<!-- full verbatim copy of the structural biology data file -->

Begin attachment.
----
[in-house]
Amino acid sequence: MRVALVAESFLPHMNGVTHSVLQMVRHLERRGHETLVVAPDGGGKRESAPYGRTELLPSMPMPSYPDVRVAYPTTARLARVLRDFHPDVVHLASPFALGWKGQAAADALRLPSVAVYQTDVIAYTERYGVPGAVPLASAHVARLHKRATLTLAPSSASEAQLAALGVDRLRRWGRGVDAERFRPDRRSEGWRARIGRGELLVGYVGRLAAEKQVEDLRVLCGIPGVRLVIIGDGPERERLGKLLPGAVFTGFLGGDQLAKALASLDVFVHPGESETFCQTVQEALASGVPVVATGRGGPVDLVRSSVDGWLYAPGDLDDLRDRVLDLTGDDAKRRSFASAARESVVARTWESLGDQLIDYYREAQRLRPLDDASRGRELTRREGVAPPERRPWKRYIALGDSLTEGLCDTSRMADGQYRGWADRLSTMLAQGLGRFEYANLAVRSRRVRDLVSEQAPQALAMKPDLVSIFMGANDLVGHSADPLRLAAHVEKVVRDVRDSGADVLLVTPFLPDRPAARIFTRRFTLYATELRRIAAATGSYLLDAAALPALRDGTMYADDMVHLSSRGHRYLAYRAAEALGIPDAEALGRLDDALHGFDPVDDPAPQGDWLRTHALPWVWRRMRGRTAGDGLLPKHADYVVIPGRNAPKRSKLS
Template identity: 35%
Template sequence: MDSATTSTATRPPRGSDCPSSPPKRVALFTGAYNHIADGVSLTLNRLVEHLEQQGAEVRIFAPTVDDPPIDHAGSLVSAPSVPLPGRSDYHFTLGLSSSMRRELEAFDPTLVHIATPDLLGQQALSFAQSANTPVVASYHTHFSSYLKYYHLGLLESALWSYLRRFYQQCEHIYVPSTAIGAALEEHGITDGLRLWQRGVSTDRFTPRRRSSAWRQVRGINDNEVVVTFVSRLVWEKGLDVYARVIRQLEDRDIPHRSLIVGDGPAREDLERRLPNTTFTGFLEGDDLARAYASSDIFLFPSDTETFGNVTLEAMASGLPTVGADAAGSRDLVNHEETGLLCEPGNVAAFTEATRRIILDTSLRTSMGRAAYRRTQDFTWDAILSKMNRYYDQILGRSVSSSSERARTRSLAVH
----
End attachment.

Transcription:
[in-house]
Amino acid sequence: MRVALVAESFLPHMNGVTHSVLQMVRHLERRGHETLVVAPDGGGKRESAPYGRTELLPSMPMPSYPDVRVAYPTTARLARVLRDFHPDVVHLASPFALGWKGQAAADALRLPSVAVYQTDVIAYTERYGVPGAVPLASAHVARLHKRATLTLAPSSASEAQLAALGVDRLRRWGRGVDAERFRPDRRSEGWRARIGRGELLVGYVGRLAAEKQVEDLRVLCGIPGVRLVIIGDGPERERLGKLLPGAVFTGFLGGDQLAKALASLDVFVHPGESETFCQTVQEALASGVPVVATGRGGPVDLVRSSVDGWLYAPGDLDDLRDRVLDLTGDDAKRRSFASAARESVVARTWESLGDQLIDYYREAQRLRPLDDASRGRELTRREGVAPPERRPWKRYIALGDSLTEGLCDTSRMADGQYRGWADRLSTMLAQGLGRFEYANLAVRSRRVRDLVSEQAPQALAMKPDLVSIFMGANDLVGHSADPLRLAAHVEKVVRDVRDSGADVLLVTPFLPDRPAARIFTRRFTLYATELRRIAAATGSYLLDAAALPALRDGTMYADDMVHLSSRGHRYLAYRAAEALGIPDAEALGRLDDALHGFDPVDDPAPQGDWLRTHALPWVWRRMRGRTAGDGLLPKHADYVVIPGRNAPKRSKLS
Template identity: 35%
Template sequence: MDSATTSTATRPPRGSDCPSSPPKRVALFTGAYNHIADGVSLTLNRLVEHLEQQGAEVRIFAPTVDDPPIDHAGSLVSAPSVPLPGRSDYHFTLGLSSSMRRELEAFDPTLVHIATPDLLGQQALSFAQSANTPVVASYHTHFSSYLKYYHLGLLESALWSYLRRFYQQCEHIYVPSTAIGAALEEHGITDGLRLWQRGVSTDRFTPRRRSSAWRQVRGINDNEVVVTFVSRLVWEKGLDVYARVIRQLEDRDIPHRSLIVGDGPAREDLERRLPNTTFTGFLEGDDLARAYASSDIFLFPSDTETFGNVTLEAMASGLPTVGADAAGSRDLVNHEETGLLCEPGNVAAFTEATRRIILDTSLRTSMGRAAYRRTQDFTWDAILSKMNRYYDQILGRSVSSSSERARTRSLAVH